Totality of evidence supporting approval of Avsola in the treatment of IBD

Biosimilares/Investigación | Posted 06/05/2022 post-comment0 Post your comment

Avsola (ABP 710) is a biosimilar to the infliximab reference product (Remicade), a monoclonal antibody targeting tumour necrosis factor-alfa. Avsola is approved in the US and Canada for all the same indications as Remicade, including adult and paediatric Crohn’s disease (CD), ulcerative colitis (UC), rheumatoid arthritis (RA), ankylosing spondylitis, psoriatic arthritis and plaque psoriasis [1, 2]. Infliximab is a highly efficacious treatment for inflammatory bowel disease (IBD), which includes CD and UC. The totality of evidence (TOE) supporting the development and approval of ABP 710 was recently reviewed [3].

IBD 2 V13J25

The development of ABP 710 was informed by the stepwise, TOE-based guidance from both the US Food and Drug Administration (FDA) and the European Medicines Agency (EMA) for the demonstration of biosimilarity [4, 5]. The TOE for ABP 710 that resulted in its approval was comprised of evidence from analytical and pre-clinical studies demonstrating its structural and functional similarity to the reference product, as well as clinical studies confirming that there are no clinically meaningful differences in efficacy, safety and immunogenicity between the two [3]. ABP 710 was demonstrated to be similar to Remicade using state-of-the-art techniques that assessed structural and functional attributes of the molecule, including amino acid sequence, primary peptide structure, glycan mapping, purity, in vitro binding, effector functions and signalling pathways important for the mechanisms of action resulting in clinical efficacy in multiple indications of immune-mediated inflammatory disorders including IBD [6].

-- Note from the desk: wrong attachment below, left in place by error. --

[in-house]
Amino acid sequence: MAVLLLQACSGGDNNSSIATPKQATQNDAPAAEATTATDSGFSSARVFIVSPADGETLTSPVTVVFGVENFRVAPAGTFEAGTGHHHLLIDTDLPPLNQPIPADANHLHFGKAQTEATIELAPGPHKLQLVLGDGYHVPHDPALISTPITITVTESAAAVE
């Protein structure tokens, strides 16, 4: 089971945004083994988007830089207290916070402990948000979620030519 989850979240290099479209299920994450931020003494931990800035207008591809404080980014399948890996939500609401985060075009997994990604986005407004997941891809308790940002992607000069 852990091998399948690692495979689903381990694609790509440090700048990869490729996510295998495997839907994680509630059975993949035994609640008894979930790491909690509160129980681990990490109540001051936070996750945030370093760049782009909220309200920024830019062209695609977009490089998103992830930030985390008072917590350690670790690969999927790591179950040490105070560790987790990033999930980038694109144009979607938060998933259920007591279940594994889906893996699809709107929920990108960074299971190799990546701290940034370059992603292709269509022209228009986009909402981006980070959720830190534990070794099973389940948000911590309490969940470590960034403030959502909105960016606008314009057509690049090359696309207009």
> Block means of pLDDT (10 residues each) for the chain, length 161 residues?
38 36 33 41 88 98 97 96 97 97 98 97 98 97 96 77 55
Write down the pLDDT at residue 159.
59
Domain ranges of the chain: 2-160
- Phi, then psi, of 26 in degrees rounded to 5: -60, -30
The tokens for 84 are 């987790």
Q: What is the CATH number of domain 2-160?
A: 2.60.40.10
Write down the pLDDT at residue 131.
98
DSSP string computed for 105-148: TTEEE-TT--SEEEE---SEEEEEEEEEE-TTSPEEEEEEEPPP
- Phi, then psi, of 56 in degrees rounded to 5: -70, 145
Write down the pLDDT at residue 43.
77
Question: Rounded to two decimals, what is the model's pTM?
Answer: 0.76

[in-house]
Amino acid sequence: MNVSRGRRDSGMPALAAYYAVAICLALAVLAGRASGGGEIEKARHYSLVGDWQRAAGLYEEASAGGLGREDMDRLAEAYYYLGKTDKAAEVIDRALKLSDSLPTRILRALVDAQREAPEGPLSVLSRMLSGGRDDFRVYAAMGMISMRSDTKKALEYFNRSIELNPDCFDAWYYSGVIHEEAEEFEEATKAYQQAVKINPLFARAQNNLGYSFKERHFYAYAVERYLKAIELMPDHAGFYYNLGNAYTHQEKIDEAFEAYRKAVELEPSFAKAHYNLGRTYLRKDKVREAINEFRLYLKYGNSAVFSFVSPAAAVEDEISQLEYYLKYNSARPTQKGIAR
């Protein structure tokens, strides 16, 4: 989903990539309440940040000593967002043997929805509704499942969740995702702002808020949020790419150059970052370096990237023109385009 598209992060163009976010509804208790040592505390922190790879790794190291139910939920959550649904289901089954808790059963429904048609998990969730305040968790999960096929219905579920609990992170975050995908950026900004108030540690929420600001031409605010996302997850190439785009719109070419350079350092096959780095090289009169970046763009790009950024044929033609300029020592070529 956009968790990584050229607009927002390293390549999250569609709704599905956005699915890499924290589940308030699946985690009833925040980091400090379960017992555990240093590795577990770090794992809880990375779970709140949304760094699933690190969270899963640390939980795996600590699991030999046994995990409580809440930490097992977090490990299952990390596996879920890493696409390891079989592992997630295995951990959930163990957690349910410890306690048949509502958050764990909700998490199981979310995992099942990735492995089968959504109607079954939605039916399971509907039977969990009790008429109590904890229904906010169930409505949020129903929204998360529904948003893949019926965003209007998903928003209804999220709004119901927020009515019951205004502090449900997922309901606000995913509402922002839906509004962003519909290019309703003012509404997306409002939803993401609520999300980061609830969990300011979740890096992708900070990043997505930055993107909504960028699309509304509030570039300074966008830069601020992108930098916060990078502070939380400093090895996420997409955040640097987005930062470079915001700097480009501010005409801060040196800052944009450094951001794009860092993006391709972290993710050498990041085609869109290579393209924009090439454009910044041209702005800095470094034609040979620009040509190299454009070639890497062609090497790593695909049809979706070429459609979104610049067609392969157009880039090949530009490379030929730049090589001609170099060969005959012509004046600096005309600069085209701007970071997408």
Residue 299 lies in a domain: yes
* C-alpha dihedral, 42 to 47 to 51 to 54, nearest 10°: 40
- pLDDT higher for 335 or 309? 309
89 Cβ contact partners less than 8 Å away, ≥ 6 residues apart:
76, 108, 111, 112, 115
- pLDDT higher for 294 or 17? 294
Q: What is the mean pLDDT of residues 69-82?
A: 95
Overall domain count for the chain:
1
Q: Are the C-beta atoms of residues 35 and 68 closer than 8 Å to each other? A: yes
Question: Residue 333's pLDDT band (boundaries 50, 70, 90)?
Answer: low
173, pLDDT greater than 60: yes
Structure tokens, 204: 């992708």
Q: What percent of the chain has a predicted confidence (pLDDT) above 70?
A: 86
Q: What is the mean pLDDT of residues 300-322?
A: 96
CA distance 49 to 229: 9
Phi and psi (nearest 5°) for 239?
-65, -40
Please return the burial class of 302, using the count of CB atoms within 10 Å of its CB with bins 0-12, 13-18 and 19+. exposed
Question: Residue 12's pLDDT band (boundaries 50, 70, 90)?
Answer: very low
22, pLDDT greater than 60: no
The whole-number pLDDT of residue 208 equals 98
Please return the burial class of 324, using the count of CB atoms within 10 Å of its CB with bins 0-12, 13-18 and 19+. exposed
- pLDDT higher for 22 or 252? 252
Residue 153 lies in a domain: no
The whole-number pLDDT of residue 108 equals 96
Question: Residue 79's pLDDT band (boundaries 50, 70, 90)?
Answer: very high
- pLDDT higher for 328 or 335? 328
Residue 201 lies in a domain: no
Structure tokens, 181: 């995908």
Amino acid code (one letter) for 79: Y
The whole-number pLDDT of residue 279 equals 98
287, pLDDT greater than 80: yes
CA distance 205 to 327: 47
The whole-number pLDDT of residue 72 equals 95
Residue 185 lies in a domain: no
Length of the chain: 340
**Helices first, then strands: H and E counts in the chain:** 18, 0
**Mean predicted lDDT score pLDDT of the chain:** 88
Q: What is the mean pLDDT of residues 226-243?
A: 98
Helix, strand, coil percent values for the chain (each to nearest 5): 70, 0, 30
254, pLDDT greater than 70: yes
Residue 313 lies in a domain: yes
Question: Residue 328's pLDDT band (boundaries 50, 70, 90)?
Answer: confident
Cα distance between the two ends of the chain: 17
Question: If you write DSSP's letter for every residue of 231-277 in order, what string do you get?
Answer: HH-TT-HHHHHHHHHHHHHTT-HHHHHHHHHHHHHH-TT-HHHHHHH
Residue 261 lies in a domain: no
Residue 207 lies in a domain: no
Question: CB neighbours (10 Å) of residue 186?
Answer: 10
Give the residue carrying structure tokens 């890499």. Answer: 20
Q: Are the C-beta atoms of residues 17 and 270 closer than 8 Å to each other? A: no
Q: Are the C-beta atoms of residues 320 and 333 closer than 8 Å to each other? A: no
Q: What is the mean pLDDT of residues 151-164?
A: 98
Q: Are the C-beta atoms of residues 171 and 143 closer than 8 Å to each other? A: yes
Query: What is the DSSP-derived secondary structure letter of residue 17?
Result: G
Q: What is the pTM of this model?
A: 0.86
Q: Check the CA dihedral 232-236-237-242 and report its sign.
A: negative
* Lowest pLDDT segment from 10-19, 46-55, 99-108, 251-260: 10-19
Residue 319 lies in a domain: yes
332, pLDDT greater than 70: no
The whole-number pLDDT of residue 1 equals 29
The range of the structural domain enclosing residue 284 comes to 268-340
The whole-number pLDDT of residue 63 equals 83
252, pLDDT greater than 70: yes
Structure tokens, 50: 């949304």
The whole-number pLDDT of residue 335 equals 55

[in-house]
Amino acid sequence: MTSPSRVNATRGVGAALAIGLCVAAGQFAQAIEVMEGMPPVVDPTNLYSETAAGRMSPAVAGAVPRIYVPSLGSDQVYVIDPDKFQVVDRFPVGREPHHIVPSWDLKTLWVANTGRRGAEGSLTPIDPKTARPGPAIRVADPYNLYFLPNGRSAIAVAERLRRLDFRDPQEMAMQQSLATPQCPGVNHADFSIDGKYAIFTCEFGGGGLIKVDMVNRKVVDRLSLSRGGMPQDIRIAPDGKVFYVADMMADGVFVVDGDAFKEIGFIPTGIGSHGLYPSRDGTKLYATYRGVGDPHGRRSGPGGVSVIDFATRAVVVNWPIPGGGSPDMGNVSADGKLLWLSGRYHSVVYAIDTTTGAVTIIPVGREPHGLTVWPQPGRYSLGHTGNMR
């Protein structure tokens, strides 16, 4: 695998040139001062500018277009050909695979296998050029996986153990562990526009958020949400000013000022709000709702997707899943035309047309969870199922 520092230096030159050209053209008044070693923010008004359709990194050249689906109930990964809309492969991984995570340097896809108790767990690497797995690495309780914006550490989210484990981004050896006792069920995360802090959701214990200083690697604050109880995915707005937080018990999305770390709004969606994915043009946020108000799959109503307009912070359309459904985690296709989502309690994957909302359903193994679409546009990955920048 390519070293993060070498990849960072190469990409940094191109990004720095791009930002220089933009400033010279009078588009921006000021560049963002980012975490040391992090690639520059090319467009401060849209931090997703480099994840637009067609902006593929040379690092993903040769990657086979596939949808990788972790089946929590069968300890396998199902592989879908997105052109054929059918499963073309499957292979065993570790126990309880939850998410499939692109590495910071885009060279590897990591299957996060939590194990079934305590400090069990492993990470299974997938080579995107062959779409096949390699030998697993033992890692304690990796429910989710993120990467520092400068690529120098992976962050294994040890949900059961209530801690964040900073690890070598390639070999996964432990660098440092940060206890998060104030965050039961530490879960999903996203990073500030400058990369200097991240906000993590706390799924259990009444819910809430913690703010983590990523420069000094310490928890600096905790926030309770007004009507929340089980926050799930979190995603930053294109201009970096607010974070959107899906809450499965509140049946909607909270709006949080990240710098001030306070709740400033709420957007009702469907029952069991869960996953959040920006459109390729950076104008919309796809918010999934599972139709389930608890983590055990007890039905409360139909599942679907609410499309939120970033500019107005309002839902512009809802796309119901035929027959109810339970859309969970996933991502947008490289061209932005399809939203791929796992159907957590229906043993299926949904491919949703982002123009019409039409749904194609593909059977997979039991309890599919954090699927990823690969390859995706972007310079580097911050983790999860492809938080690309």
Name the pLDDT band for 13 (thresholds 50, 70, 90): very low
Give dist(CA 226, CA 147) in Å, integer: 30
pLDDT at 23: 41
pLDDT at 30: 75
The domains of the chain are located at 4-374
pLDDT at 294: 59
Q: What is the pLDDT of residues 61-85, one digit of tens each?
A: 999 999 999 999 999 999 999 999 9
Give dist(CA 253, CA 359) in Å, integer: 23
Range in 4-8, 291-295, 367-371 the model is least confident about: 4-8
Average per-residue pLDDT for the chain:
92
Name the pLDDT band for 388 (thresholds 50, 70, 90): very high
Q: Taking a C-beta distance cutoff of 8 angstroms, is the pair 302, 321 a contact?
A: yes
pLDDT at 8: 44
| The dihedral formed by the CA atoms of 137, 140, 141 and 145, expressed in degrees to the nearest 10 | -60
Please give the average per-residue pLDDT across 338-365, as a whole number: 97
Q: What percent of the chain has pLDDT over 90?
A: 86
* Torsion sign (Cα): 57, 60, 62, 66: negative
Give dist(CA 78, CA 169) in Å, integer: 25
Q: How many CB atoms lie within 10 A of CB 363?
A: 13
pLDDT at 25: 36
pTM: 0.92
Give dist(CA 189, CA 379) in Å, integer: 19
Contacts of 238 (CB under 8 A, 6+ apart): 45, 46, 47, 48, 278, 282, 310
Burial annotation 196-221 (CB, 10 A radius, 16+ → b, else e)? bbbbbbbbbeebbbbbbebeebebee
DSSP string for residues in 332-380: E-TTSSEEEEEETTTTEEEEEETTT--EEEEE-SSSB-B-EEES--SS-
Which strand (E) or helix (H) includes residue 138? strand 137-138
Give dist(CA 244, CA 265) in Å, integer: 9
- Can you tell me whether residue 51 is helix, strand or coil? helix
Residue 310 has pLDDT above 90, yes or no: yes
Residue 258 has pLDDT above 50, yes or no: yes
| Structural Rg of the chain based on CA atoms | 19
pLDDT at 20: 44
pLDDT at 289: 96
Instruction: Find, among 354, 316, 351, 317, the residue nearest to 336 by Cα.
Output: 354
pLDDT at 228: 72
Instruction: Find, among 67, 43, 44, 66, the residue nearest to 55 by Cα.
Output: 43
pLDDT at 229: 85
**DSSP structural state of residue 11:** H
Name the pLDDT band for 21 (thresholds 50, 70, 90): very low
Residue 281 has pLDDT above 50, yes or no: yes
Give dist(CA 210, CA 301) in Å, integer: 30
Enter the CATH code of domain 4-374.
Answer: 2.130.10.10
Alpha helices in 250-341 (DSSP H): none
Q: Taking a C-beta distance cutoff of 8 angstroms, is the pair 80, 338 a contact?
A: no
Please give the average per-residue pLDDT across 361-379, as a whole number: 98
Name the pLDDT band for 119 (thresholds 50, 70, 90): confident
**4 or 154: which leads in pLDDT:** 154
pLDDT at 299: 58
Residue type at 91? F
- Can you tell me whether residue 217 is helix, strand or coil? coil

Clinical pharmacokinetic (PK) similarity of ABP 710 with Remicade sourced from the US and European Union (EU) was demonstrated in a randomized, single-blind, single-dose study in healthy volunteers following a single 5 mg/kg intravenous dose (n = 50 per treatment group, with assessments up to 50 days post dosing) [7]. As recommended by regulatory guidelines, the reference product for these studies was sourced from the US and EU such that comparisons could be made to assess the similarity of ABP 710 with both the US and EU products to support the establishment of the scientific bridge which would then allow for the use of a single source for the reference product in the subsequent comparative clinical study. Clinical similarity of ABP 710 with Remicade with respect to efficacy, safety and immunogenicity was confirmed in a randomized, double-blind, active-controlled, multiple-dose, comparative, 50-week study in patients with moderate to severe active RA with inadequate response to methotrexate, following 3-mg/kg infusions of ABP 710 or Remicade at predetermined intervals (n = 279 for each treatment group) [8]. In these clinical equivalence studies of ABP 710, safety and immunogenicity profiles were also found to be comparable, with similar incidence of treatment-related adverse events, similar incidence of rate of binding anti-drug antibodies (ADAs), and similar incidence of neutralizing ADAs in ABP 710 compared with Remicade.